The Last House On Cemetery Lane (reviewed by Lisa Marie Bowman)

Usually, I like to think that I can find something to love about any horror film but occasionally, I watch one that is so ineptly produced and so devoid of both horror and subtext that even I have to admit that it’s just not a very good film.

Case in point: The Last House On Cemetery Lane, a British horror film that I watched on Netflix last month.  I actually had high hopes for the film, based on the title alone.  The title, of course, reminded me of such classic horror thrillers as Last House On The Left, The House On The Edge of the Park, The House At The End of the Street, Last House On Dead End Street, and The House By The Cemetery.  These are all films that have their strengths and weaknesses but the main thing that they have in common is that, years and, in some cases, decades after first being released, they still carry the power to either scare or disturb.

The Last House On Cemetery Lane does neither.

In fact, the title itself doesn’t really work because, as far as I can tell, the house is not actually located on cemetery lane.  And it’s not exactly the last house on its street either.  If anything, it appears to be the only house on its street.  To be honest, I can’t even remember if there’s a cemetery located anywhere near the house and, quite frankly, I’m not going to force myself sit through this film for a second time just to find out.

The Last House On Cemetery Lane tells a familiar story.  Screenwriter John (who is played by Lee Bane and, giving credit where credit is due, Bane actually gives a pretty good performance) needs to write a script and he needs to get away from the distractions of London.  So, he rents a house in Wales.  As he tours the house, his real estate agent (played by Tessa Wood) informs him that there’s a blind old woman named Agnes who lives up in the attic but he won’t have to worry about her because he’ll never see her.

Needless to say, John isn’t thrilled about that idea but, after a minute or two of considering it, he decides that he can handle living in a house with creepy old Agnes up in the attic.

Really?

Okay, John is a screenwriter so I’m going to assume that he’s seen a movie before.  Doesn’t he know that any time you’re told that there’s a creepy old woman living in the attic that means that something bad is going to happen?

Anyway, John moves into the manor and then he spends a few hours wandering around the nearby village and walking on the beach.  He finds a bottle washed up on the beach.  In the bottle, there’s a piece of paper that reads “Message.”  John laughs and throws the bottle back out into the ocean.  And the movie goes on like that for a while.  As a veteran movie watcher, I kept expecting the bottle to show back up but it never did.  Apparently, that whole thing with the bottle was just included to pad out the film’s running time.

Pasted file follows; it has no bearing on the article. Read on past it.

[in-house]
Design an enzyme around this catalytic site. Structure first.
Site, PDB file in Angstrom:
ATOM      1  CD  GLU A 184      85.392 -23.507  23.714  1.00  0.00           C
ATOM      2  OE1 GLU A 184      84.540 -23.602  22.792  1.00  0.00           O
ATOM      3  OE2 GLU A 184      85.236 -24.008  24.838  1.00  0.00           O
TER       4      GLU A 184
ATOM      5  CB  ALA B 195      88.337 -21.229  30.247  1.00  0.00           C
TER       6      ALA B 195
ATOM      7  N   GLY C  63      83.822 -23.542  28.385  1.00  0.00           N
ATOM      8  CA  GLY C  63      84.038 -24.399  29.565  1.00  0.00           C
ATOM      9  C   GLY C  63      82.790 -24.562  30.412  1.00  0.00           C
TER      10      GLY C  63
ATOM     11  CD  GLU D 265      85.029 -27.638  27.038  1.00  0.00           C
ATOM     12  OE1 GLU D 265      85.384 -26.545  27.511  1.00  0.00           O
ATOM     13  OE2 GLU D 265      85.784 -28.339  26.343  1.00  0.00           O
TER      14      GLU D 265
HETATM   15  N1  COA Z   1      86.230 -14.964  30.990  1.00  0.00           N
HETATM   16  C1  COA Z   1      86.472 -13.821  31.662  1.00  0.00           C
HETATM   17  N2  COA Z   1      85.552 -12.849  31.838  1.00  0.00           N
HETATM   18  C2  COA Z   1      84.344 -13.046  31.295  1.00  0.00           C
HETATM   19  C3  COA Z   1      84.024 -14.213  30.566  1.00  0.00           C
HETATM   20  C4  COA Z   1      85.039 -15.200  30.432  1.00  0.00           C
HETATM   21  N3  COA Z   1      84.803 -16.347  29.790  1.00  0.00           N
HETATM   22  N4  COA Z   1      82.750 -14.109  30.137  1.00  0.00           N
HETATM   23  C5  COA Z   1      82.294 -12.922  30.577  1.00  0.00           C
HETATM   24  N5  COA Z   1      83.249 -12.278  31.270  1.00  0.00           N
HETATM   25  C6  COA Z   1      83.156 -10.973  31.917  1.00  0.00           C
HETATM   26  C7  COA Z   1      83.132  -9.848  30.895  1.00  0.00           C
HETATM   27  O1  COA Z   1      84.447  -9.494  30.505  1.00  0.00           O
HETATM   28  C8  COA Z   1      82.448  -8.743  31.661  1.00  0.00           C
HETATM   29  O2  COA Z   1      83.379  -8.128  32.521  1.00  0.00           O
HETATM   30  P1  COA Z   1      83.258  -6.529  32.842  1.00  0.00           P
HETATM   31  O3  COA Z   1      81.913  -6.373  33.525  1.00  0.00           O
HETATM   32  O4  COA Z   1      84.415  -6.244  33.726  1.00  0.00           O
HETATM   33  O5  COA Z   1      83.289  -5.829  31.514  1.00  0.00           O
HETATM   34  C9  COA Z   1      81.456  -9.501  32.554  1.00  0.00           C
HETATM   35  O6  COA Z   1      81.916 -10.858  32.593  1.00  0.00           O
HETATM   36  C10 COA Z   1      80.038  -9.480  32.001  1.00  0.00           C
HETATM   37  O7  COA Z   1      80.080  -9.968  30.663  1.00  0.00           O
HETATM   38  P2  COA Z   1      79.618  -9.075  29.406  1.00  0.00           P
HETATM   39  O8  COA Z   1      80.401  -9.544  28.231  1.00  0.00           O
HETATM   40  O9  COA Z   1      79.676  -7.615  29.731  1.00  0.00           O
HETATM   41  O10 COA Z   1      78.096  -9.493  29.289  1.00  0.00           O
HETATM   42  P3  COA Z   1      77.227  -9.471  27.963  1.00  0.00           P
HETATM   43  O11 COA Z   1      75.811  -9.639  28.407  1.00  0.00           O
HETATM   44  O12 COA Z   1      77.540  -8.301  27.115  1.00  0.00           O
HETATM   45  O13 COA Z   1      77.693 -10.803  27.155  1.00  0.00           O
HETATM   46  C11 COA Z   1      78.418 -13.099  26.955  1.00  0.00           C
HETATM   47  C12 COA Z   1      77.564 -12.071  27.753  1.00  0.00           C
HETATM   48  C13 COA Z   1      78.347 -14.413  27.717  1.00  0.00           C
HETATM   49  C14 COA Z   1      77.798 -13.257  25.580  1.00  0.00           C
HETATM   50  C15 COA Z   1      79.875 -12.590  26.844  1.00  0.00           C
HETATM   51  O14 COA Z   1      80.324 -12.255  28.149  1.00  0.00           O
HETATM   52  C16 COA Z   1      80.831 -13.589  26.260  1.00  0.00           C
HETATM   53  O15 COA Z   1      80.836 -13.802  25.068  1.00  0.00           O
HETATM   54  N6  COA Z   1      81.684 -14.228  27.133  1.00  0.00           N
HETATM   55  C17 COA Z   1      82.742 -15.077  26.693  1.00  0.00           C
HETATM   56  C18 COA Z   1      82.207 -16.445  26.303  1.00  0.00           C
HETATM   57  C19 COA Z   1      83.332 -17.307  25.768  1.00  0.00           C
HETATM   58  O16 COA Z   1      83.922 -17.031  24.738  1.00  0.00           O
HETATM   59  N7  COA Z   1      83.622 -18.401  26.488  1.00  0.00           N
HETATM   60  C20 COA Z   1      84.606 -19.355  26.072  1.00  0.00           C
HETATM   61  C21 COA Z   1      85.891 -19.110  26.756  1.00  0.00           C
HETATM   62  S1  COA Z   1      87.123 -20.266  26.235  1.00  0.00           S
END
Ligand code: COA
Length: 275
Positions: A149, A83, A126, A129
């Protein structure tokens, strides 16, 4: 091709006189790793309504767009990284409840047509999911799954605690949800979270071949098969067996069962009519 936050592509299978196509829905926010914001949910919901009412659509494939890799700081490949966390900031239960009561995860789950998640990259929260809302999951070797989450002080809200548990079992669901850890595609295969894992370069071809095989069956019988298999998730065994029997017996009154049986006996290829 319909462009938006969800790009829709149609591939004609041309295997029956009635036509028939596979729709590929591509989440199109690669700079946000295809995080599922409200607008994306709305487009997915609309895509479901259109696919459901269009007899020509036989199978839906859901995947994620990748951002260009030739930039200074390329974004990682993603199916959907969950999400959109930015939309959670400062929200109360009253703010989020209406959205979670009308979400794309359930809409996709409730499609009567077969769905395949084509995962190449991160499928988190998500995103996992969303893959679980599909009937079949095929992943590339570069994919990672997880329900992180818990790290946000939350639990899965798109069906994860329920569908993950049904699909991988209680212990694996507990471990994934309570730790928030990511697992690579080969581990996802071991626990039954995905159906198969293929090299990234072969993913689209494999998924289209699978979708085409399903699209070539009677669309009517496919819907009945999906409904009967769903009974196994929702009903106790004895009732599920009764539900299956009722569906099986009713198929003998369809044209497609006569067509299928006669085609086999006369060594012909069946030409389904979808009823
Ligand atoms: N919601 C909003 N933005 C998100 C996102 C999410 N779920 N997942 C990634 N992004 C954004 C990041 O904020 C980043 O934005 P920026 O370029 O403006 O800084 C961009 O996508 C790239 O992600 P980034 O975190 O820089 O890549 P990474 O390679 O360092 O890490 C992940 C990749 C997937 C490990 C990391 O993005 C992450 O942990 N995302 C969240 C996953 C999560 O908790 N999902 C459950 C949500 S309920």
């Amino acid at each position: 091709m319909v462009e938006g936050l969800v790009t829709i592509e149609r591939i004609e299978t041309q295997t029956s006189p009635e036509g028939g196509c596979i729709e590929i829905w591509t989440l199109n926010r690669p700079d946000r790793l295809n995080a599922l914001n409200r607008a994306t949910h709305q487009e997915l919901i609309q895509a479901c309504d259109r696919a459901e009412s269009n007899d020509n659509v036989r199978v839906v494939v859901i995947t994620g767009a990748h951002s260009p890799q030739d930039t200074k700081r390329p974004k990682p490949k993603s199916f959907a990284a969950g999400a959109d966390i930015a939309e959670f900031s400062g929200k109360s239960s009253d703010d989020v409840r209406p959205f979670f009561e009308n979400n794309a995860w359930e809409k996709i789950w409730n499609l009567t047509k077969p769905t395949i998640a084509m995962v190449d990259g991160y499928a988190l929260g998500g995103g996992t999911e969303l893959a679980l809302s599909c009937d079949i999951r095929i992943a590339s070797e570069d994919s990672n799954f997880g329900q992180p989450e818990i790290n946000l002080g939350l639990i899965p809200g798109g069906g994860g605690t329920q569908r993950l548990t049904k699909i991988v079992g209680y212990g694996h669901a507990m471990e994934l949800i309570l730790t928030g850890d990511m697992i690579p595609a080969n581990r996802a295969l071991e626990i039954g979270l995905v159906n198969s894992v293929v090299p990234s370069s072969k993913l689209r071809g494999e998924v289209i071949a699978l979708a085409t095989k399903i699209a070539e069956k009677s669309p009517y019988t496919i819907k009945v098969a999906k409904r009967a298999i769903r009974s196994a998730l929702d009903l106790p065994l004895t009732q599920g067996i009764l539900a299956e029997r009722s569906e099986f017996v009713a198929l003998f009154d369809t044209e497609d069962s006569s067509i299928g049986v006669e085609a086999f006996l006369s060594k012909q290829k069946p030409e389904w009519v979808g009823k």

Speaking of running time, this film lasts 112 minutes and you will feel every single one of those 112 minutes.  The Last House On Cemetery Lane is literally one of the slowest films that I have ever watched.  The deliberate pace may have been intended to work as an atmosphere builder but no … this film has no atmosphere.  It’s just kind of there.

Anyway, eventually, some things start to happen.  It’s all the usual haunted house crap.  Things go bump in the night.  Music keeps playing.  John meets a mysterious woman (Georgina Blackledge) who has secrets of her own.  John runs around the house and demands to know who is haunting it.  He talks to the mysterious woman.  He knocks on Agnes’s door.  Things go bump.  Music plays.  John talks to the mysterious woman.  John knocks on Agnes’s door.  John runs around the house and demands to know who is haunting it.  He talks to the…

BLEH!

Okay, so you might be getting the idea that not much happens in Last House On Cemetery Lane.  And you would be right.  What kills the film is that it ultimately becomes so repetitive.  There’s only so many times that you can listen to John bitch about living in a haunted house before you just say, “Then move, you jerk!”  Ironically, the film probably would have worked just fine if it has just been a 15-minute short.  But stretching material this thin out to nearly two hours — well, it just doesn’t work.

I love horror films but The Last House On Cemetery Lane is one to avoid.

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